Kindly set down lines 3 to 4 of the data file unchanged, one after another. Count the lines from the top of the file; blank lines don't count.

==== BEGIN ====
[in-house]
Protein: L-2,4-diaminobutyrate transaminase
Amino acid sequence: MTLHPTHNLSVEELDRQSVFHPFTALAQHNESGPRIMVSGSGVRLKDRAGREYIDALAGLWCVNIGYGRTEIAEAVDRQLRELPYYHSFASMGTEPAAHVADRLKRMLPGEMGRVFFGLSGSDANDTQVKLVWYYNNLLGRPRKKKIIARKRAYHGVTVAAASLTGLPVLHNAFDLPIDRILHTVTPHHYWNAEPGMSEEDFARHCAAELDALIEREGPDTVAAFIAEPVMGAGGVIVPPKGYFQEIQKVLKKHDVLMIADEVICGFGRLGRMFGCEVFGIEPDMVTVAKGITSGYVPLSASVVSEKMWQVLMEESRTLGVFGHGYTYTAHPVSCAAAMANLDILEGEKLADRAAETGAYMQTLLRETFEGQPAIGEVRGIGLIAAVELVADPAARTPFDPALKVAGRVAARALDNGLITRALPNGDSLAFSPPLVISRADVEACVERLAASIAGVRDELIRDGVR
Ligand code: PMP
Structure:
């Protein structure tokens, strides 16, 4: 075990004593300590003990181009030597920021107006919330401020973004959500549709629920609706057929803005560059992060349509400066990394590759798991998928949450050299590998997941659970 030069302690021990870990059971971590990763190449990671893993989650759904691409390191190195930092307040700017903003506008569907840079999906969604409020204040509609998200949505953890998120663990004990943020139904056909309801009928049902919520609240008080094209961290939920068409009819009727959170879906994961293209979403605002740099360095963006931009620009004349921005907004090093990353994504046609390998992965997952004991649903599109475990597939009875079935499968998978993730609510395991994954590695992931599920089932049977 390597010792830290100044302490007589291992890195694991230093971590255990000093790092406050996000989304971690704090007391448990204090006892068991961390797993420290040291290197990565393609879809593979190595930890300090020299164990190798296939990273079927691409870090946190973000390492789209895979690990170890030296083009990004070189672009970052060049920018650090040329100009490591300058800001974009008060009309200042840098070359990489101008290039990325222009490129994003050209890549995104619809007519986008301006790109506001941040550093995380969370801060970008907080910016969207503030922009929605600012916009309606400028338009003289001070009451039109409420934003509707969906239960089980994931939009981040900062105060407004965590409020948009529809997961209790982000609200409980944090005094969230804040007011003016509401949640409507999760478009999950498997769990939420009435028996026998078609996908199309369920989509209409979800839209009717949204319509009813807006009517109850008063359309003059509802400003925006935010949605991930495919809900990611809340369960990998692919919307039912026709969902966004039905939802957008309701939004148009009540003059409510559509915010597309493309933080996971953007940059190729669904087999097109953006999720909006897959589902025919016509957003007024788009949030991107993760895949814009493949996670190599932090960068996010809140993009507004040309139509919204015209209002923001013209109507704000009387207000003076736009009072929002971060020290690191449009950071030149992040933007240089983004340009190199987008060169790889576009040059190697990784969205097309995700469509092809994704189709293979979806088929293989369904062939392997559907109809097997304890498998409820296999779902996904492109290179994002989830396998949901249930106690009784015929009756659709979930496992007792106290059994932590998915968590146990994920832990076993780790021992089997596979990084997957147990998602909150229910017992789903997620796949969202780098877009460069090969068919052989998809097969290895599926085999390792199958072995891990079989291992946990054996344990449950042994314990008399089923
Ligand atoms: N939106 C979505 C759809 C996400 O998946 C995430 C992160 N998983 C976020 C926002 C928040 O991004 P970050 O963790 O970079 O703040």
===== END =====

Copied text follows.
Amino acid sequence: MTLHPTHNLSVEELDRQSVFHPFTALAQHNESGPRIMVSGSGVRLKDRAGREYIDALAGLWCVNIGYGRTEIAEAVDRQLRELPYYHSFASMGTEPAAHVADRLKRMLPGEMGRVFFGLSGSDANDTQVKLVWYYNNLLGRPRKKKIIARKRAYHGVTVAAASLTGLPVLHNAFDLPIDRILHTVTPHHYWNAEPGMSEEDFARHCAAELDALIEREGPDTVAAFIAEPVMGAGGVIVPPKGYFQEIQKVLKKHDVLMIADEVICGFGRLGRMFGCEVFGIEPDMVTVAKGITSGYVPLSASVVSEKMWQVLMEESRTLGVFGHGYTYTAHPVSCAAAMANLDILEGEKLADRAAETGAYMQTLLRETFEGQPAIGEVRGIGLIAAVELVADPAARTPFDPALKVAGRVAARALDNGLITRALPNGDSLAFSPPLVISRADVEACVERLAASIAGVRDELIRDGVR
Ligand code: PMP